Furthermore, the advertisers explained that weekly forum discussions were an integral part of the learning system. They said students were also required to record themselves and at times share their recordings in order to receive feedback on each recording. The advertisers clarified that participants also continuously interacted asynchronously with their tutors, explaining that whilst the programme had an element of self-pacing whereby participants could organise the time/days when they wished to work on the activities, they had to work to deadlines and guidance was offered at every stage. They said these deadlines were published at the beginning of each learning unit.
In relation to the Adult Learning Prospectus itself, the target audience of which was Adult Learners (21 years+), the advertisers said that this was created every two years to promote the range of part-time courses on offer at University of Galway and, as such, it featured a disclaimer advising prospective students that courses were subject to change. They explained that due to the Covid-19 pandemic, the printed versions of the 2020 Prospectus were not distributed and that instead it was made available in digital format on their website and was promoted on their social media channels when it was launched in 2020.
The advertisers said an open and transparent approach was offered in the printed and online communication format. They said the course page template clearly contained a contact name of the Course Director, direct telephone number and email address so that prospective students could find out further information on the course, ascertain its suitability to their upskilling needs and determine whether the mode of delivery was in line with their specific requirements.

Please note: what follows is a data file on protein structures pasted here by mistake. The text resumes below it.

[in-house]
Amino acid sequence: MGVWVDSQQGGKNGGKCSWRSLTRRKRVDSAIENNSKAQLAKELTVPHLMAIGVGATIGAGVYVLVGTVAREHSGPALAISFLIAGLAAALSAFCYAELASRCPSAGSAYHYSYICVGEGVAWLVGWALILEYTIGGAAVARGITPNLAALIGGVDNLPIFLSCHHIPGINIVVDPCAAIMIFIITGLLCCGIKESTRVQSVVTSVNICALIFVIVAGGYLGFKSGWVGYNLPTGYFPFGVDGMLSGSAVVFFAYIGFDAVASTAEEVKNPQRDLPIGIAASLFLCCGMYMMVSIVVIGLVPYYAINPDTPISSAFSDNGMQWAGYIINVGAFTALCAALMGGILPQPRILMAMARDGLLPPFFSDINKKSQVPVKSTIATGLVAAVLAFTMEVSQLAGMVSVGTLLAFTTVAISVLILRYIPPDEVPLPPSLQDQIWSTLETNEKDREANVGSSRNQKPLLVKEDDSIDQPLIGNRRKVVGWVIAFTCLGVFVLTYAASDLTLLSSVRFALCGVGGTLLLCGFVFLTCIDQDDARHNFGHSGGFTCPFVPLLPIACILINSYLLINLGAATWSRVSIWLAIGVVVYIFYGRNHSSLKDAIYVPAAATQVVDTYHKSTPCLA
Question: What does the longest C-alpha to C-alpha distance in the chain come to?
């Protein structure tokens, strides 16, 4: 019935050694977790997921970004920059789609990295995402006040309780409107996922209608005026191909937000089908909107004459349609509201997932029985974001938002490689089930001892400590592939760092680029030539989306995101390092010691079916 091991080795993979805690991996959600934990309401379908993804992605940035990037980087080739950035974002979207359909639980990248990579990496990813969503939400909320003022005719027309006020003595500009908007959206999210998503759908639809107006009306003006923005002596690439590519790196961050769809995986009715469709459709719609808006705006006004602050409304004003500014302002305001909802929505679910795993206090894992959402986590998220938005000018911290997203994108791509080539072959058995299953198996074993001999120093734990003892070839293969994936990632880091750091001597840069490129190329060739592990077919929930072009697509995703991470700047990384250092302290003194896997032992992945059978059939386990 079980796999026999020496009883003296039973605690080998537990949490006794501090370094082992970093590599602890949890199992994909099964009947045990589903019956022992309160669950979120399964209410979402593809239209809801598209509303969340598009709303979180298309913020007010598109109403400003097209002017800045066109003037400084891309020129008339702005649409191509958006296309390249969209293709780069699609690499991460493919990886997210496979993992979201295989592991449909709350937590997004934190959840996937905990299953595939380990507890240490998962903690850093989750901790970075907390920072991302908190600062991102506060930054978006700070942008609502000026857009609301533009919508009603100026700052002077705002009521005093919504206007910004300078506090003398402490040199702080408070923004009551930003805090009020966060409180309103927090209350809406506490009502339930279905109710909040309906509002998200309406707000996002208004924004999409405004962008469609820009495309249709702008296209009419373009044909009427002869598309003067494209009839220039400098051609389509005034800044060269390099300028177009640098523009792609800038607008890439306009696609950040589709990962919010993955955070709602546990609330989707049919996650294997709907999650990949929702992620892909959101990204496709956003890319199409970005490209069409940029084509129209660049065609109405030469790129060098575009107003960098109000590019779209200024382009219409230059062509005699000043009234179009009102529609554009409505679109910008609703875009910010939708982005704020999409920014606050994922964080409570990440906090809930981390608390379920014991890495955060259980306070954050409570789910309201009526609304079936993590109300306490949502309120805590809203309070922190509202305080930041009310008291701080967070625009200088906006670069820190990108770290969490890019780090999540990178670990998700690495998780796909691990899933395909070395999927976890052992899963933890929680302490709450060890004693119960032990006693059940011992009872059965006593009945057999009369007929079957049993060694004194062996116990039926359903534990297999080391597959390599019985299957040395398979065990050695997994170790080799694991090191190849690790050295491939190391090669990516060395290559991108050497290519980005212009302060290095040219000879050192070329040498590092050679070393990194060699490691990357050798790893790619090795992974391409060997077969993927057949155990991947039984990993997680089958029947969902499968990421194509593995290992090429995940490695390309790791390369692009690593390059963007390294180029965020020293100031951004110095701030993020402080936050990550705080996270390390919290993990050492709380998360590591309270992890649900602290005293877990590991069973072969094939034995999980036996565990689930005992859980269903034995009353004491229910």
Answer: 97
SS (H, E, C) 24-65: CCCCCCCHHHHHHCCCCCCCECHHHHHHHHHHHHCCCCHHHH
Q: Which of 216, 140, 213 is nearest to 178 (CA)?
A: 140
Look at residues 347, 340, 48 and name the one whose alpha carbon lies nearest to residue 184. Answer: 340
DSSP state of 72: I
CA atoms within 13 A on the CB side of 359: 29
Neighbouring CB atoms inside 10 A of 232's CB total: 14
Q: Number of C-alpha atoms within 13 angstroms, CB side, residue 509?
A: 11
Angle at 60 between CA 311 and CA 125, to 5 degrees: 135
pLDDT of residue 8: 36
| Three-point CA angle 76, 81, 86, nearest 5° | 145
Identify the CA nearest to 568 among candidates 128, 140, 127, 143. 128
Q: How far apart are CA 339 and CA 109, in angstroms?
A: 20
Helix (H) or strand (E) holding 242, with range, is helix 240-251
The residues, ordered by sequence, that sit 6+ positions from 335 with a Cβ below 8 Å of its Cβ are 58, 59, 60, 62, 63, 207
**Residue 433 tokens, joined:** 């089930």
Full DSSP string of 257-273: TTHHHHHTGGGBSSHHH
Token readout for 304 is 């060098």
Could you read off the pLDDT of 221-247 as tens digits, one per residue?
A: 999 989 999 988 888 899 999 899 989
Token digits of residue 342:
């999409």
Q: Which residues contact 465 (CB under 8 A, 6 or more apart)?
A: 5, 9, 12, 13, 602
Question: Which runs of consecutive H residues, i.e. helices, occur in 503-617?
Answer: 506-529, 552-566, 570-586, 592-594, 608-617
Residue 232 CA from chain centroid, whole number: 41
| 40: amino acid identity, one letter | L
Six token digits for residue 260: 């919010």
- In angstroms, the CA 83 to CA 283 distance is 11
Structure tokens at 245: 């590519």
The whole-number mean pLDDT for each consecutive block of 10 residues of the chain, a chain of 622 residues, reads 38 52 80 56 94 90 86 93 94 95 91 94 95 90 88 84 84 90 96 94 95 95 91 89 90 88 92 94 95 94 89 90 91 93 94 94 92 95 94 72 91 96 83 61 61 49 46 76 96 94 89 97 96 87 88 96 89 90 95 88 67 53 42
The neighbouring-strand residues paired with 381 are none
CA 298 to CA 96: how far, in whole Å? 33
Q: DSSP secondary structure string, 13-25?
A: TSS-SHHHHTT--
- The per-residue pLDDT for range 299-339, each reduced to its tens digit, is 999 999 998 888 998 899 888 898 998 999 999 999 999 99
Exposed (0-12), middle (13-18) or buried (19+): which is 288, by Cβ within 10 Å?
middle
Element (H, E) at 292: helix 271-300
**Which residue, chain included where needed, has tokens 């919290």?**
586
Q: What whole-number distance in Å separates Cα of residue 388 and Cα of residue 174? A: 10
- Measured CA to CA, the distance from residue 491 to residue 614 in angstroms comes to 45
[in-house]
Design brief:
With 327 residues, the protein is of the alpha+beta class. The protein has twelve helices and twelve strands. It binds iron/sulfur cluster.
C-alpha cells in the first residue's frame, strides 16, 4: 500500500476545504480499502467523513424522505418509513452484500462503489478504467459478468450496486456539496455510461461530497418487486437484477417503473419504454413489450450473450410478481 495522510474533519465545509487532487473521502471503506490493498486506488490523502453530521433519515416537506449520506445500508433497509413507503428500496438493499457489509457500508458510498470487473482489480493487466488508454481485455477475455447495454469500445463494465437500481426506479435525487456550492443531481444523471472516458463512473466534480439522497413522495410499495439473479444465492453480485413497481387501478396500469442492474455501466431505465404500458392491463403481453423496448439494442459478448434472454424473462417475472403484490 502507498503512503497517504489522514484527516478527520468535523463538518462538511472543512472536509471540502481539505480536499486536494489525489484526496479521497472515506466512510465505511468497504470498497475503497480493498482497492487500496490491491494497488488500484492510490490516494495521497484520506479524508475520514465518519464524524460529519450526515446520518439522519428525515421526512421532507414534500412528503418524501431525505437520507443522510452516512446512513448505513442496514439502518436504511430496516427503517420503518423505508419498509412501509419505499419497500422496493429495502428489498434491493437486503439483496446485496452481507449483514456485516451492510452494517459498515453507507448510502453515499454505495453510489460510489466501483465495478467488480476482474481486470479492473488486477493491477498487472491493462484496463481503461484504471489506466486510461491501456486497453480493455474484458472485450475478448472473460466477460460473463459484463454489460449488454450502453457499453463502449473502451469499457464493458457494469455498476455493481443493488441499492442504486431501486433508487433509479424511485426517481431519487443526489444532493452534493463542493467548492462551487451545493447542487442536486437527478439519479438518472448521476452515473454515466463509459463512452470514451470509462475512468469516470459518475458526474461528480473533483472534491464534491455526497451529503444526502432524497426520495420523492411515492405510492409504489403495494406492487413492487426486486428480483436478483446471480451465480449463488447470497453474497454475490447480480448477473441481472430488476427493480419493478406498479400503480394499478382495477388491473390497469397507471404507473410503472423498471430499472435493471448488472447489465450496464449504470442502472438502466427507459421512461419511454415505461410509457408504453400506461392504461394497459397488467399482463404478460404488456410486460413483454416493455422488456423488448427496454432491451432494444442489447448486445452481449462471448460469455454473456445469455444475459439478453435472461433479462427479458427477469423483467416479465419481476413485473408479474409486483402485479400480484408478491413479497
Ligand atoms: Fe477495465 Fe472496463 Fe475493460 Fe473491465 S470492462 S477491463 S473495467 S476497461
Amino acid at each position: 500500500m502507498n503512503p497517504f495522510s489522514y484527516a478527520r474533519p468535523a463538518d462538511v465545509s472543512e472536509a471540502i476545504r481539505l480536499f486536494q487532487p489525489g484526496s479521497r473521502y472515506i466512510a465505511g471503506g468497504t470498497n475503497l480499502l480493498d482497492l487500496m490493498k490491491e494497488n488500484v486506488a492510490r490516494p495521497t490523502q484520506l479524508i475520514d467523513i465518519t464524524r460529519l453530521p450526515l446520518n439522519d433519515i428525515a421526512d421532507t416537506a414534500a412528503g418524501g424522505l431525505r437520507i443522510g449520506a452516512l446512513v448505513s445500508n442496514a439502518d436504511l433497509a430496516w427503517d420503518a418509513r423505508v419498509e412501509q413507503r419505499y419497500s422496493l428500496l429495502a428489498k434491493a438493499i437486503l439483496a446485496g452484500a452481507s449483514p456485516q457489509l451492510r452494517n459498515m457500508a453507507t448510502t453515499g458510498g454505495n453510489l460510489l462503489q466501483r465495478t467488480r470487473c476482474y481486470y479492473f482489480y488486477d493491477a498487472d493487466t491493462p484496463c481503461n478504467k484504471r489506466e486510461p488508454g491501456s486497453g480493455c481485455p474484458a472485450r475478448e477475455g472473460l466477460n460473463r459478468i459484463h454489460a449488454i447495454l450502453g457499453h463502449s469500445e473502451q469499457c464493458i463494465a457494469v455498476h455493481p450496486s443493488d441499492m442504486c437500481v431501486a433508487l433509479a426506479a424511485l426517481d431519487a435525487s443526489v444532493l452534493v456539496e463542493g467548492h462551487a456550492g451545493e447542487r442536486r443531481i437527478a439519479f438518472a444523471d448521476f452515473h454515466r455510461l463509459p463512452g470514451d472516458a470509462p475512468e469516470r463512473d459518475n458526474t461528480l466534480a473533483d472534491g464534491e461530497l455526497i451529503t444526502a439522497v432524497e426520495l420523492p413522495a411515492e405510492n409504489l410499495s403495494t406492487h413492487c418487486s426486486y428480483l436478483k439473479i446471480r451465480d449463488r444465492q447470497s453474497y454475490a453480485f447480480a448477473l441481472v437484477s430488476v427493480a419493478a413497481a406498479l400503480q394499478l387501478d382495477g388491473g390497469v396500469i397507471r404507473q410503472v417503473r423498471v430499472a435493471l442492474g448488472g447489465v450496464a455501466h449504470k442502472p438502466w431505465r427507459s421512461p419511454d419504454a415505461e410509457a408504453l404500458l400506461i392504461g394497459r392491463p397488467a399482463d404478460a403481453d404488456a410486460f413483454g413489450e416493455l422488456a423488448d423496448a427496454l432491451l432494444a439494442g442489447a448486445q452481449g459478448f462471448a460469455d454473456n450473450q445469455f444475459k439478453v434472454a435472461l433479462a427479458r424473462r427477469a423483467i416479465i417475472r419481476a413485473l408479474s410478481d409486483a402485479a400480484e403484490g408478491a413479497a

The advertisers stated that the programme won the European Language Label in 2013, awarded by Leargas.
ASAI Executive research on the function of Leargas included information highlighting that Léargas work under the remit of the Department of Further Education, Higher Education, Research, Innovation and Science https://www.leargas.ie/about-us/).
The Complaints Committee considered the detail of the complaint and the advertisers’ response.
Issue 1 – Upheld.
The Complaints Committee noted the advertised claim that “sessions [would] be delivered ….on Thursday evenings”, that the complaint was that sessions were delivered bi-weekly and that this was not disputed in the response. Taking account of the Code requirement that a marketing communication should not mislead, or be likely to mislead, by inaccuracy, ambiguity, exaggeration, omission or otherwise (4.1), the Committee considered that the claim was misleading and was therefore in breach of Code section 4.1
Issue 2 – Not Upheld.
Noting the complaint that the advertisement was insufficiently clear enough on the course format and level of independent learning, the Committee noted the prospectus clarity on the course being online and that stipulation of sessions delivered on Thursdays was sufficiently clear to imply the level of independent learning required. The Committee did not consider that the advertisement was in breach of the Code on the basis suggested in this complaint.
Issue 3 – Not Upheld.
The Complaints Committee noted the award by a body acting under the remit of a Government department and did not consider that omission of reference to the awarding body was material and therefore not an omission under the Code.
Action Required: The Complaints Committee told the advertisers that their advertising should correctly reflect course delivery.